Once upon a time, scientists thought RNA polymerase—the molecule that kicks off protein synthesis by transcribing DNA into RNA—worked like a wind-up toy: Set it down at a start site in our DNA and it would whir steadily along, reeling off an RNA copy, until it reached the stop site.
Lately, they’ve realized they didn’t give RNA polymerase enough credit.
“It’s more like a high-performance sports car,” said Stirling Churchman, assistant professor of genetics at Harvard Medical School. “It has to speed up, slow down and deal with obstacles in its path.”
Thanks to Churchman and colleagues, scientists can now watch how RNA polymerase navigates this obstacle course in human cells at high resolution.
Churchman had co-developed an RNA measurement tool called NET-seq a few years ago and used it to study gene transcription in yeast down to individual nucleotides (DNA “letters”). Churchman and team reported this week in Cell that they adapted NET-seq to do the same in human cells, permitting several new discoveries.
The study was led by two HMS postdoctoral fellows in genetics, Andreas Mayer and Julia di Iulio.
Gene transcription drives pretty much every process in our cells, yet there’s a lot that scientists still don’t know about how it works. Getting a better grasp of the details will improve their understanding of normal and abnormal biology, from cell differentiation to cancer.
First, Churchman found evidence that RNA polymerase really does change speed sharply in our cells. Other researchers had suspected this but had only been able to study it in simplified, modified systems outside the cell.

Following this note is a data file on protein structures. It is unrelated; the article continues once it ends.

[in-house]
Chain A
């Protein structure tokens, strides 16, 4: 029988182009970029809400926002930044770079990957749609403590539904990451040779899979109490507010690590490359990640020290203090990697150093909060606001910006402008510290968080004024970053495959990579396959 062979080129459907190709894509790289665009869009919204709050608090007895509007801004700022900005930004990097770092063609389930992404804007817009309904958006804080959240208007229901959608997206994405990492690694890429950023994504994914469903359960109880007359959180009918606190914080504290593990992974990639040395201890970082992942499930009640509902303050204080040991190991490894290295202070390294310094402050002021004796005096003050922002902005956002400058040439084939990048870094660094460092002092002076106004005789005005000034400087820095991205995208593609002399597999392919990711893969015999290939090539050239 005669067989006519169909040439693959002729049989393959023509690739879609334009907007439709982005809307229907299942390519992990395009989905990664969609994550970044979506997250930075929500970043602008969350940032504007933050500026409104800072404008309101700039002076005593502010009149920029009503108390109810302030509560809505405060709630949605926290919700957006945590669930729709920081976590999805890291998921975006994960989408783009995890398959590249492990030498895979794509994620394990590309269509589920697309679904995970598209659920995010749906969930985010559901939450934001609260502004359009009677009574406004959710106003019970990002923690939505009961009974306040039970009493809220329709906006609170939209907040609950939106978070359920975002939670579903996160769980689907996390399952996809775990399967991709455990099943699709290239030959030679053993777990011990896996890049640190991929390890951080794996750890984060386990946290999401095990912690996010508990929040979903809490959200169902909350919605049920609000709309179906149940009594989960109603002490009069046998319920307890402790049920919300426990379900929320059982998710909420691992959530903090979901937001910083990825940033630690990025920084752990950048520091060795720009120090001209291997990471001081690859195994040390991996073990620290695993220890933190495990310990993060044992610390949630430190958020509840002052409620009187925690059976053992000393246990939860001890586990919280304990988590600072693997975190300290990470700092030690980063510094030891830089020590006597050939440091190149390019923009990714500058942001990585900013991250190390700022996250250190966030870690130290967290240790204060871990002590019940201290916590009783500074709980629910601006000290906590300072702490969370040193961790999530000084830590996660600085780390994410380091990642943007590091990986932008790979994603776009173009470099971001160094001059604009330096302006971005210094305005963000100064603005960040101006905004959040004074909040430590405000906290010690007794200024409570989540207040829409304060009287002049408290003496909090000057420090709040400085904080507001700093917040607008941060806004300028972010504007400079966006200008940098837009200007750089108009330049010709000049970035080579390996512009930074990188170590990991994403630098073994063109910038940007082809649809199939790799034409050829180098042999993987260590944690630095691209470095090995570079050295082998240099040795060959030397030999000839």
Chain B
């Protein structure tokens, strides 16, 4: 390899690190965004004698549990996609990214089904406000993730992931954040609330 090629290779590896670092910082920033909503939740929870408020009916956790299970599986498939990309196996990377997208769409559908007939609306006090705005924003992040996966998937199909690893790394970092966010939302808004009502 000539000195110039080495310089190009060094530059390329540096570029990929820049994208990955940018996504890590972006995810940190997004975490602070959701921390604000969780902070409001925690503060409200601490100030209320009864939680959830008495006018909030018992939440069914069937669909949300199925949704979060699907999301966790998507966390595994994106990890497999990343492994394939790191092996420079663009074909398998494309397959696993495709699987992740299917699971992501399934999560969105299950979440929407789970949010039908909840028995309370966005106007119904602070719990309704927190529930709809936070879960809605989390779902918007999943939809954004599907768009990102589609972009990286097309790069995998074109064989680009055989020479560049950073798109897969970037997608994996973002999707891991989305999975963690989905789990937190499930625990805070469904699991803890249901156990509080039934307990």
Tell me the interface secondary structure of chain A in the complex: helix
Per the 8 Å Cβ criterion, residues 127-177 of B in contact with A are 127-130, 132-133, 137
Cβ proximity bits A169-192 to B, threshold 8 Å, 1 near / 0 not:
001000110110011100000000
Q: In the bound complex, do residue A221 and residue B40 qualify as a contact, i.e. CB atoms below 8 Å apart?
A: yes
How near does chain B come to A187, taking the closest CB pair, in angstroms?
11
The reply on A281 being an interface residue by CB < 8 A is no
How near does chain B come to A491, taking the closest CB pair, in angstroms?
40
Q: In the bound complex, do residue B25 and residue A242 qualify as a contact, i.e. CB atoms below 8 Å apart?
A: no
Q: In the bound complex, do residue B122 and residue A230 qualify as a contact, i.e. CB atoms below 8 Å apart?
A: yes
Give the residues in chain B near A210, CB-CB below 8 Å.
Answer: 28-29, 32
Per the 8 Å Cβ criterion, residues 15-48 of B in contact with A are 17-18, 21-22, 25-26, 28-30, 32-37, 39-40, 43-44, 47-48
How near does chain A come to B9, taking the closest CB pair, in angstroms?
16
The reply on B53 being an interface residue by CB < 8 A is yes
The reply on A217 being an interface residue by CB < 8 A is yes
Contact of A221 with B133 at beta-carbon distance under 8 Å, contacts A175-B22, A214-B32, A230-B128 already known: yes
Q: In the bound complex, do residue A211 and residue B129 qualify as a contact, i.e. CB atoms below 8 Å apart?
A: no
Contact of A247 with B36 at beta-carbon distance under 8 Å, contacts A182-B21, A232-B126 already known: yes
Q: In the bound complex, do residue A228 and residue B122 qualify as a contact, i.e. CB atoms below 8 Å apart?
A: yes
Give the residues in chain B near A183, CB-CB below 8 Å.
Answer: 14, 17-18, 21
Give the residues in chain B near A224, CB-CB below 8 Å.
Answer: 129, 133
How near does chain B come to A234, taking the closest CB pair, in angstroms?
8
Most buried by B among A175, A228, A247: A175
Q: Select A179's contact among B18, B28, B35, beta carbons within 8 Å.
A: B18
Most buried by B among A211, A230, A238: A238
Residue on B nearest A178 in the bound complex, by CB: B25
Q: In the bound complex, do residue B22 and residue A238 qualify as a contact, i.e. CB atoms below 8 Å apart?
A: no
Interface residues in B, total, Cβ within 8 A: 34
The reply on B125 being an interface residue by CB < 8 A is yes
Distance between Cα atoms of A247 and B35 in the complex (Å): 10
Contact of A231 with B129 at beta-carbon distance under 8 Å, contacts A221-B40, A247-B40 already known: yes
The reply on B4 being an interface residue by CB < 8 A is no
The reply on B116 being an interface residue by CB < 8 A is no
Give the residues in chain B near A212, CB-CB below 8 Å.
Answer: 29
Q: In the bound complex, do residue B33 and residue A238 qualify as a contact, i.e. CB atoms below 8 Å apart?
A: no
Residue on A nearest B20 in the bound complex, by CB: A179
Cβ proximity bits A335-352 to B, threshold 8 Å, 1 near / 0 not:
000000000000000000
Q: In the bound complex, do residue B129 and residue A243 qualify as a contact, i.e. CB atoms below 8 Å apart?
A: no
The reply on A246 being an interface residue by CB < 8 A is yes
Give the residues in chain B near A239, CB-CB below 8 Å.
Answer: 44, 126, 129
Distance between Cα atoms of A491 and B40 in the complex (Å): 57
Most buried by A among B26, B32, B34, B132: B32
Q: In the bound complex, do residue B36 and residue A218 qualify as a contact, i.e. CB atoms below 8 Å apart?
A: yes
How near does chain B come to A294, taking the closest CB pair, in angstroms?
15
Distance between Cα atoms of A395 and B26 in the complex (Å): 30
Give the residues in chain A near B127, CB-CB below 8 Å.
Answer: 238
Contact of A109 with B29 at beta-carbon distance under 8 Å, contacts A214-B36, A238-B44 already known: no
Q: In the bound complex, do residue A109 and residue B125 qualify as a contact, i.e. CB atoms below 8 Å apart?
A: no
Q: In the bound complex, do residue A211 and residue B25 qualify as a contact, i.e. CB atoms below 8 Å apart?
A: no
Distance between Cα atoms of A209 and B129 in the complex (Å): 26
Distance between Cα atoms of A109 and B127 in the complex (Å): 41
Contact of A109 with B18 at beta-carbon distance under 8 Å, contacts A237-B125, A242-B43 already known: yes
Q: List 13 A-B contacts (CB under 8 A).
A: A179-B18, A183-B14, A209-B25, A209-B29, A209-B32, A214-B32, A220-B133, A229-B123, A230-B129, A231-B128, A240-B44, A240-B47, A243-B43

For example, Churchman and her team saw RNA polymerase slow down right before it reached particular obstacles called transcription factors—proteins that help RNA polymerase do its job.
Di Iulio discovered that RNA polymerase slowed down when it encountered DNA that would later become part of the final protein. (Many parts of the RNA copy produced during transcription get cut out, and the remaining bits get pieced back together before a protein is made.) No one had seen that before, Churchman said.
“The RNA polymerase was somehow detecting it was on DNA that would be retained,” said Churchman. “We saw this characteristic pattern of pauses like speed bumps before and after these DNA segments. We don’t know yet why they’re there or what’s causing them.”
Churchman wouldn’t have been able to see the speed bumps with a lower-resolution tool because they happened so sharply, spiking and plunging within ten nucleotides.
Third, Churchman’s team saw evidence of convergent transcription, a scenario where a second RNA polymerase “sports car” started further down the gene and drove toward the beginning, potentially leading to two polymerases colliding head-on.
Other researchers had seen this at specific places along the genome. The work of Churchman’s group indicated that it happens in as many as 25 percent of genes.
Churchman also determined that convergent transcription tends to happen in less-expressed genes.
In short, the findings indicate that there’s a lot going on, said Churchman.
“There isn’t just the decision to turn a gene on or off; there are all these other control valves during the creation of RNA,” she said. “Ultimately, it emphasizes the simplicity of our current views of how transcription occurs.”
The study only scratches the surface of what NET-seq can help Churchman and others learn about gene transcription, she said. But every little bit helps.
“Anytime we can learn about a new way that genes are regulated, it has the potential to inform how we design therapeutics and how we can reverse disease states,” she said.